Everybody's got an opinion nowadays, from politicians to pundits, food critics to color commentators, Ebert to Roeper—the list is exhaustive.
In the travel community, travel agents hold court as the seers of speculation—at times praising one facet while upbraiding another. When your livelihood depends on the workings of others, it's no wonder that strong viewpoints are often evoked.
This is most evident in the world of cruising, where policy changes, ship introductions, new itineraries and fare fluctuations keep agents on their toes day in and day out. We asked agents what puts a smile on their faces when they are awake and what keeps them up at night with worry.
Higher Prices, Better Profits
Jeff Kivet, CEO and chairman of
"When a line moves a ship to somewhere new in
Danny Miller should know; he's been working in the industry for more than half a decade and is currently the director of vacation travel for Brookline, MA-based Cleveland Circle Travel. "There are so many cruises now," he says, "with a really great choice of itineraries."
While higher prices translate into better profits, Joan
McCarty, owner of Specialty Travel in
E-Ticketing: Losing Personal Touch With Clients
McCarty is happy about that; electronic documents, on the other hand, are a whole different can of worms.
Many cruise lines have migrated from issuing paper documents to e-ticketing, in an effort to provide an easier and more accessible method for guests to obtain their documentation. Princess Cruises led the shift when it went paperless last September; other cruise lines soon followed suit.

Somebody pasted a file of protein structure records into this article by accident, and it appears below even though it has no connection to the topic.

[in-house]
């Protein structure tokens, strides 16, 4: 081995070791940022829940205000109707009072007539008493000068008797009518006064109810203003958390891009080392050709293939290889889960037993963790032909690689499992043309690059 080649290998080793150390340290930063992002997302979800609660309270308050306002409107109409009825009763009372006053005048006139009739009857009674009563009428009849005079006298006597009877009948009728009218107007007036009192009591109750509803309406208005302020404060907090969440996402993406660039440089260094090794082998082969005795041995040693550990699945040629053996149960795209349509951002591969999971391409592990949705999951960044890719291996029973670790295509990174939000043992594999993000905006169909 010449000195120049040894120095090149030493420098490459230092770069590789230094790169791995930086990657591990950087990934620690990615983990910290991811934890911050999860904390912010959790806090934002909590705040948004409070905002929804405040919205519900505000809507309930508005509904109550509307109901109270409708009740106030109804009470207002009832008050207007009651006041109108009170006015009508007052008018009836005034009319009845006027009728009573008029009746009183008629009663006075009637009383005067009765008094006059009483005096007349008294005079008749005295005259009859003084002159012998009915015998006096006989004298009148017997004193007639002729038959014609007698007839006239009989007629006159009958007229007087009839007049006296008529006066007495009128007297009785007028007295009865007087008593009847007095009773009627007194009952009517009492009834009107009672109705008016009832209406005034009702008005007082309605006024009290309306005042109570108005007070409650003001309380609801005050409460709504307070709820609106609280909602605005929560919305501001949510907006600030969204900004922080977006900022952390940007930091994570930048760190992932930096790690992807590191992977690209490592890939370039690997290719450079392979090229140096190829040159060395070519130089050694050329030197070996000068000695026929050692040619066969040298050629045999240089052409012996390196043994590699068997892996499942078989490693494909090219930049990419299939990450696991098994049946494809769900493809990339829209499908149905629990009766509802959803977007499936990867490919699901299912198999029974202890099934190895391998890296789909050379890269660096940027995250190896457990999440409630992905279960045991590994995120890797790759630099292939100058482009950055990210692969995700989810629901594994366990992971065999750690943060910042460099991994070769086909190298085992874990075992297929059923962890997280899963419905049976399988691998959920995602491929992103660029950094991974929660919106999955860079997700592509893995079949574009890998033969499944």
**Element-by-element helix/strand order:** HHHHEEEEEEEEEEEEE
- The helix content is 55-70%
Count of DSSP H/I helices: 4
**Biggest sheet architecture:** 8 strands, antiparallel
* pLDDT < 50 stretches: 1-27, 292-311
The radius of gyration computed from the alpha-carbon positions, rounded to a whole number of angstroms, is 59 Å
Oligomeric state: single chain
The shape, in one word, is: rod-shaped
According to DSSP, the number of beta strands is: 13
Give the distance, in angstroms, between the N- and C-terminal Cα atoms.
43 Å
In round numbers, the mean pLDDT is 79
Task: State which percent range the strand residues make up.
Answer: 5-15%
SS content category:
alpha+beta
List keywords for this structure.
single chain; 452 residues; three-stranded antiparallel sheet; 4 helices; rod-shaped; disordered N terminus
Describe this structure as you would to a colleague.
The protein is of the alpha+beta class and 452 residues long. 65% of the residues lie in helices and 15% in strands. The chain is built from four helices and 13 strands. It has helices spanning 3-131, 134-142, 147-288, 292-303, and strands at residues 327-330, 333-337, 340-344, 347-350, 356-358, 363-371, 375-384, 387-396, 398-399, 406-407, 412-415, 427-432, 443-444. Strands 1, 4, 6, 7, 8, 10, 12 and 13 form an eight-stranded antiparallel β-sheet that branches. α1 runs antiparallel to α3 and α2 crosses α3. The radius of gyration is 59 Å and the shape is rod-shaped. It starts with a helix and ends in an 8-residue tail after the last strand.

To McCarty, it's just another mechanism that is proving to widen the void between agent and client.
"I don't like that clients are having to go online to print out tickets," she says. "It's causing a problem because it's another way we are losing the personal touch. The more you can touch your clients, the better."
For example, when mailing cruise tickets to clients, she will often accompany them with personal bon voyage notes.
Agent and Cruise Line Relations
McCarty does admit that e-docs cut down on office costs ($16
a pop in her case). But Bill Jacob, owner of Reid Travel in
"I think it's very shoddy," he bluntly says. "It wouldn't cost the cruise lines much to send them to us." That aside, Jacob doesn't have many other complaints. "Everything is wonderful," he says of the current state of the cruise industry.
As for the relationship between the cruise lines and travel
"Some think they can go along without the agents,"
he says, "and replace sales guys with numbers guys. I understand that it's
He cites the travel industry's reaction to the attacks of September 11, when travel agents banded together and helped bring back the cruise industry.
"When agents are called upon, we produce," Kivet says.
As for the tools being developed to help ease the work of
agents, Chad Burt, chief technology officer of Cruises & Tours Unlimited in
Money matters still concern him and he would like to see
less competition between cruise lines to keep prices up. "When I see some
of these rates, I can't stand to sell them," he says. "It's tough
being nickel and dimed by the consumer. Pricing would be better with less